Nick Hutson-Alvarez, Exertis Group Head of Cyber Security & Compliance

PCR April 2021 data handling: Keeping data secure

Nick Hutson-Alvarez, Exertis Group Head of Cyber Security & Compliance discuses some important factors to consider to keep data secure.

There are varying degrees of online security that can be driven by some very complex systems which are designed around industry standards, such as PCI DSS (Payment Card Industry Data Security Standards) to protect against credit card theft; then, on the other side of the scale, an individual having antivirus software to protect their device from malware and viruses.

As the world of technology rapidly changes with enriched websites and IoT, it becomes increasingly challenging for businesses to keep their personal and customer information on the web secure. Web/online security is important to prevent threat actors/hackers from accessing sensitive information. Without a functional security strategy, it could lead to businesses having a higher risk of malware and data breaches. Even if a business decides to transfer the risk by using an established shopping platform with a WYSIWYG approach, this still requires Privacy and Security by design to be applied i.e. a functional security strategy as the data is still the responsibility of the business, no matter where it is located.

Businesses have taken years to establish a reputation, but a single event could lose that standing. Due to global events, many businesses have been driven from a traditional B-to-B model and to adapt their trading position to a D-to-C by operating an online presence direct to consumers. This brings new challenges to a business, to ensure that the data has the appropriate security in place to ensure that they meet the regulatory requirements.

Data security is important for a business, as it is the core of sustaining and growing the business, whether it is a small takeaway to a Fintech organisation to large global company. However, with great power comes great responsibility: data regulations such as GDPR and CCPA can make or mar a business. The data gathered allows a business to take orders and control their stock levels, as well as marketing (with consent).

There are lots of considerations to take into account when looking at how to store and protect data. However, the fundamental starting point is to have privacy and security by design as the founding principle of all projects and implementations that use/store data – as this is now a legal requirement of GDPR (General Data Protection Regulation).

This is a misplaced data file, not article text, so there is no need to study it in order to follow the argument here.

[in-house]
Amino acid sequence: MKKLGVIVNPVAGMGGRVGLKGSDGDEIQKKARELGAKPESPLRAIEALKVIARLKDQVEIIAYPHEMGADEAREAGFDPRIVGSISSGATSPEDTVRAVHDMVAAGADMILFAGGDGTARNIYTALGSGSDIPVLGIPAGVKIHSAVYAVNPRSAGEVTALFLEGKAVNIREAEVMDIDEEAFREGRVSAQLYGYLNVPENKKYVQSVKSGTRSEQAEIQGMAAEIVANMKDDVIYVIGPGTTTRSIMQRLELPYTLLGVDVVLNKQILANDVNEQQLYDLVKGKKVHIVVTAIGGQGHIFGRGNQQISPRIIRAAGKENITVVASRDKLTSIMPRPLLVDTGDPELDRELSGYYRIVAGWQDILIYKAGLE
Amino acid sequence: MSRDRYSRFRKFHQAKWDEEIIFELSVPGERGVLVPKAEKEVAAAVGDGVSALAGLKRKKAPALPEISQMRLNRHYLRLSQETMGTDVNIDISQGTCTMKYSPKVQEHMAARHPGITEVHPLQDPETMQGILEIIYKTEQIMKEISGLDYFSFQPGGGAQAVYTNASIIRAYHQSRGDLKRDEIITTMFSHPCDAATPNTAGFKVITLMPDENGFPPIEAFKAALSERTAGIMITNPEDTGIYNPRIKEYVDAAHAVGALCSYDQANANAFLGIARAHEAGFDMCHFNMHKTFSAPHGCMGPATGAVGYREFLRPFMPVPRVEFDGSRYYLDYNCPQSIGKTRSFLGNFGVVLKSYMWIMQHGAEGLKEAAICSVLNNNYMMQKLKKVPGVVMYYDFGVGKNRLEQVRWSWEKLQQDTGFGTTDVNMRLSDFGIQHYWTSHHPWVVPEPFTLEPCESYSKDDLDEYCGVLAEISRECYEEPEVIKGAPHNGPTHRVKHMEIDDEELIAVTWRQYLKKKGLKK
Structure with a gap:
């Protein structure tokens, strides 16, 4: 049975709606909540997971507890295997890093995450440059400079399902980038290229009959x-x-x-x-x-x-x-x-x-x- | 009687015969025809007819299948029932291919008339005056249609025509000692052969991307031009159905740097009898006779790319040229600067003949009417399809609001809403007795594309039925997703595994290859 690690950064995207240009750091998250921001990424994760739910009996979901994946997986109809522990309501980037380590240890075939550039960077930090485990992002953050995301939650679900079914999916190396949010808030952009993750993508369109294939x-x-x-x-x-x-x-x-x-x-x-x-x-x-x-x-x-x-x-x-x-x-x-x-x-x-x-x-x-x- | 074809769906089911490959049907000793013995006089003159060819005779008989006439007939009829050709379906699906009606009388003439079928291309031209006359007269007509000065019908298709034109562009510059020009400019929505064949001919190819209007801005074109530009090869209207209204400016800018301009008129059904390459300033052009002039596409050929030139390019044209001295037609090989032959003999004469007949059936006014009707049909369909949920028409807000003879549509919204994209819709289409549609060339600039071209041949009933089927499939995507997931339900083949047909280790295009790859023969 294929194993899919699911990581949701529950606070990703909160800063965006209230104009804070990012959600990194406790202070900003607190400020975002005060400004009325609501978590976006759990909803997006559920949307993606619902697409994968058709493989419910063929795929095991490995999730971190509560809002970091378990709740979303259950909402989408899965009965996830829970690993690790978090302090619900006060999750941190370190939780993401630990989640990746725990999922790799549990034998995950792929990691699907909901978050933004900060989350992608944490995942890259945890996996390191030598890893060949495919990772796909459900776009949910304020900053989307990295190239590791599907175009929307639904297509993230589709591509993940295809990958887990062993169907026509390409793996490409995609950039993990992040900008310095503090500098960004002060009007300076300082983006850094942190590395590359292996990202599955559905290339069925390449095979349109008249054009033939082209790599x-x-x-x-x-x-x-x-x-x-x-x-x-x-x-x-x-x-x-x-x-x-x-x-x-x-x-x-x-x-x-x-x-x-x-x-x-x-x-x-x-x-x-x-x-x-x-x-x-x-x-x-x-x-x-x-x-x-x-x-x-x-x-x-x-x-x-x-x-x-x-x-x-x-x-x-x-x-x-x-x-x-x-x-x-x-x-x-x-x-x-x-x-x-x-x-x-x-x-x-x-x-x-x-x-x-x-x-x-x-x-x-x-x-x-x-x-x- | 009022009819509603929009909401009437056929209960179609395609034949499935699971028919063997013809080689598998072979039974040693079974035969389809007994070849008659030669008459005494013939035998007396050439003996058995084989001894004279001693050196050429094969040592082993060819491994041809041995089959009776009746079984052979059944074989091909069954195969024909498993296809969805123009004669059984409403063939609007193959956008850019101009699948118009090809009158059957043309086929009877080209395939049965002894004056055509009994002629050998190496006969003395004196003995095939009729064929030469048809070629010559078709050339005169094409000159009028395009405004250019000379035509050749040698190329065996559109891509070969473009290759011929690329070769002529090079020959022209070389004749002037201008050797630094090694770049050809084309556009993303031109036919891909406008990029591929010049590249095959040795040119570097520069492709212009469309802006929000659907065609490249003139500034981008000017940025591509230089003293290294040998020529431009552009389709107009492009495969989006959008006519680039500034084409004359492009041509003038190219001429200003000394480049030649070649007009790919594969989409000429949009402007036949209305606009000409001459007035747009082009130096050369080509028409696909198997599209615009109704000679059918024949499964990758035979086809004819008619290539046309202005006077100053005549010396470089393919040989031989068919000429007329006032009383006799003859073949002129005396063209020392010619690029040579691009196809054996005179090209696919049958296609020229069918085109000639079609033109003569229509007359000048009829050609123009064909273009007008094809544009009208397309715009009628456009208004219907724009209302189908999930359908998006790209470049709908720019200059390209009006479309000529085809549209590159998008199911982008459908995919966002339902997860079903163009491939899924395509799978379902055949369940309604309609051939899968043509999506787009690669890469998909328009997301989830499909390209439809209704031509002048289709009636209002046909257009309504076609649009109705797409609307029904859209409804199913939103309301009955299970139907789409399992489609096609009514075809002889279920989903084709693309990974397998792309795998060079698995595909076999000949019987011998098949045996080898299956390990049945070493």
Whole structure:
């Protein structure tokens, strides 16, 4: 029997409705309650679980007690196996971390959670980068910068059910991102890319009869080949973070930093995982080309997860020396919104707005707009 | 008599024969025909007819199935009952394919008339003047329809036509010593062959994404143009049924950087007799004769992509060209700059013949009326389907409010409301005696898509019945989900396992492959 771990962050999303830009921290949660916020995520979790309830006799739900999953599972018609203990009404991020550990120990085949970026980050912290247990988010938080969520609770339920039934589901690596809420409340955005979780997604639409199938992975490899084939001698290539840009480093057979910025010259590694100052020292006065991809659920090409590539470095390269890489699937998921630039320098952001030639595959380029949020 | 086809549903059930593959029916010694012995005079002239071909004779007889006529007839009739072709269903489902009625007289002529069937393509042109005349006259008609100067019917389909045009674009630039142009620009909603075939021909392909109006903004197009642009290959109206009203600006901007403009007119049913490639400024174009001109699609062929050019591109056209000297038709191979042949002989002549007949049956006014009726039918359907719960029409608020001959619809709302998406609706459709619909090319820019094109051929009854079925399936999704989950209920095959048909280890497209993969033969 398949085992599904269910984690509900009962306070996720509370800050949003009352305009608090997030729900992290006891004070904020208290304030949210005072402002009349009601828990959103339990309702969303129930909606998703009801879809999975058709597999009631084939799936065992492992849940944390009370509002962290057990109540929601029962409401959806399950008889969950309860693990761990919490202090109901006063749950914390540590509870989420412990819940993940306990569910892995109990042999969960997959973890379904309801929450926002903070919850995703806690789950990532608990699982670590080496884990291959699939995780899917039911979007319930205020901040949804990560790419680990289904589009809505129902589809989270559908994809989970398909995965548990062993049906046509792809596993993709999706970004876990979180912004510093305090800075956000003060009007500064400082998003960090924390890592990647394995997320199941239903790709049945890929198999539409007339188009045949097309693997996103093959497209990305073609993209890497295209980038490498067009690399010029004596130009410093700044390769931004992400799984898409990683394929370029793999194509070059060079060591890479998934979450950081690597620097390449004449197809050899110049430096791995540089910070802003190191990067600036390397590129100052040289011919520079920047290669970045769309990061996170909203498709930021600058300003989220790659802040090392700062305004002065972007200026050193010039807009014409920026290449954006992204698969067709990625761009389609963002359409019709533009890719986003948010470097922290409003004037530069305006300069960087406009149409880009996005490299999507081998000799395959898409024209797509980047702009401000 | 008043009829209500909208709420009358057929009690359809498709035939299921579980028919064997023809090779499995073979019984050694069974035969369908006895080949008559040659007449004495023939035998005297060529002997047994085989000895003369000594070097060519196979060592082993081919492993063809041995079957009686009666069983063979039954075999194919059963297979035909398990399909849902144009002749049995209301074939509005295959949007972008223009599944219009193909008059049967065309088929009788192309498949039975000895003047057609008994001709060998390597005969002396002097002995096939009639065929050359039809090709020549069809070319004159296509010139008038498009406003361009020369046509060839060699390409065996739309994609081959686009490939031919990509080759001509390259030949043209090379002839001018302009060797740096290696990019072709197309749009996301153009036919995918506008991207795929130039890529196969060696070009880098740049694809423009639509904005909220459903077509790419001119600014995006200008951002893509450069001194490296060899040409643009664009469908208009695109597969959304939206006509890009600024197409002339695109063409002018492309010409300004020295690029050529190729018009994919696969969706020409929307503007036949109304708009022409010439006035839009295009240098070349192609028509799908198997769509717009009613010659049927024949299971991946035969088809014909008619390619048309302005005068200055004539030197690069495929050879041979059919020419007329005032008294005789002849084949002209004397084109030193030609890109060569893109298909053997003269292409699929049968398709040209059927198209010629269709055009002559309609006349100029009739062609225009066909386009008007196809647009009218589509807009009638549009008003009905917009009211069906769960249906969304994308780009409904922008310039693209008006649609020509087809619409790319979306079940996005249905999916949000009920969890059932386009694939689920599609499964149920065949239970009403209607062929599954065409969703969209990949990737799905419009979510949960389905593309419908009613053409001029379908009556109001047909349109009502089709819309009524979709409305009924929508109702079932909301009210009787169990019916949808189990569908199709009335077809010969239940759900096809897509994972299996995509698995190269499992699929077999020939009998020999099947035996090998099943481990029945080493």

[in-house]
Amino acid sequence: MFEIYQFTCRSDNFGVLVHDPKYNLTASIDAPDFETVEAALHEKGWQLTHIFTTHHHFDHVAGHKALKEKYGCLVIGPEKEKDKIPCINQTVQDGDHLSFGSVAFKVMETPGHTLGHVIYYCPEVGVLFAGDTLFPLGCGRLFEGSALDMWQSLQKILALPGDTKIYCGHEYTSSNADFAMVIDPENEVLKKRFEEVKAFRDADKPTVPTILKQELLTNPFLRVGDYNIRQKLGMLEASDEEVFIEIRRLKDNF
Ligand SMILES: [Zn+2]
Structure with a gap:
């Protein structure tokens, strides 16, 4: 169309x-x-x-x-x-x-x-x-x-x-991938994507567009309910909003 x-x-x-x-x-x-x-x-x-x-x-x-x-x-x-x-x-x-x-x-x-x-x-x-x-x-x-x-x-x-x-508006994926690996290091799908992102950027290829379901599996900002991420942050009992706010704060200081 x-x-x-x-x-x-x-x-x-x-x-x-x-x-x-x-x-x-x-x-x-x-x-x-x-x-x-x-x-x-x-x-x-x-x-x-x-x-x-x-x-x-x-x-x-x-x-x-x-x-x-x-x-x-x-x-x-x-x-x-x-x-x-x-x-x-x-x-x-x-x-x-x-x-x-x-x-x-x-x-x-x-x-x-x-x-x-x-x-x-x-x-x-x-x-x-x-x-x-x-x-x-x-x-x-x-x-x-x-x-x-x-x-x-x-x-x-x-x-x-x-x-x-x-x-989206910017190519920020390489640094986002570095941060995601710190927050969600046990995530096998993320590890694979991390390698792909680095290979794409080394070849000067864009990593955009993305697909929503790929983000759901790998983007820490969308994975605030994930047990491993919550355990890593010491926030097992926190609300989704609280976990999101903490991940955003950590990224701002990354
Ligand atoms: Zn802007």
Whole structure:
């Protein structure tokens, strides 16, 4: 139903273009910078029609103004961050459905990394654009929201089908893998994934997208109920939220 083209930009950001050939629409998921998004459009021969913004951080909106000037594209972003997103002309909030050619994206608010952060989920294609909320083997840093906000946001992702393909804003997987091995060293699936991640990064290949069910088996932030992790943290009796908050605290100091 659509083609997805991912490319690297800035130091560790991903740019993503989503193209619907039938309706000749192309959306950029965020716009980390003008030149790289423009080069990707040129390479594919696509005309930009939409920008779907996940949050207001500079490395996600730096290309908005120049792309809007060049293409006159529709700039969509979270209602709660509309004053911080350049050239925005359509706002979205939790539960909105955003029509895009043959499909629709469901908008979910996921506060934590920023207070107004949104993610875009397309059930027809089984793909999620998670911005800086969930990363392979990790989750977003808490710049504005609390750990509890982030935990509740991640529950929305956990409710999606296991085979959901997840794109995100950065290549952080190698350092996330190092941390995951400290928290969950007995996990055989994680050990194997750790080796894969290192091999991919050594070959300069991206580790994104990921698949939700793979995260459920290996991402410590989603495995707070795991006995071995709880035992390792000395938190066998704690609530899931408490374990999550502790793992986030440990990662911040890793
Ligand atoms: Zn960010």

The core principles are: encrypt your data at rest and in transit; ensure the data is backed up with the appropriate RTO and RPO; make sure anti-malware and access controls are in place; and ensure appropriate web application architecture is utilised.

Having all sections of the business invested and upholding data privacy, with the core teams ensuring privacy and security is embedded in the project. Proliferation of IoT devices connecting to applications can cause security concerns. Scaling of data and understanding the labelling and flow of the data is key. Also, less-is-more: keeping compliant by removing data when it’s no longer required is always the balance that needs to be met.

Security process automation is a way to protect data by computer-centric security, but needs to be balanced against ROI. Centralisation and normalisation of data helps improve detection by lower level input, to detect events that may have been missed. Lastly, using threat detection using AI with combined global threat feeds, to detect and block attacks and compromises to data.

In relation to online security, this is always a challenge. There needs to be a balance between ease of use for the customer/client and keeping their data secure. There are some basic things we can do such as enforce secure passwords within minimum length and complexity, ensure you use a Captcha to limit brute forcing, but for belt-and-braces, 2-Factor Authentication is the safer way to go. Clients/Customers are becoming more accustomed to this technology as they use it with their online banking and other online applications such as Google accounts and Amazon. SSO can have some benefits, but the underlining concern is if one account is compromised then the rest of the accounts can be compromised.

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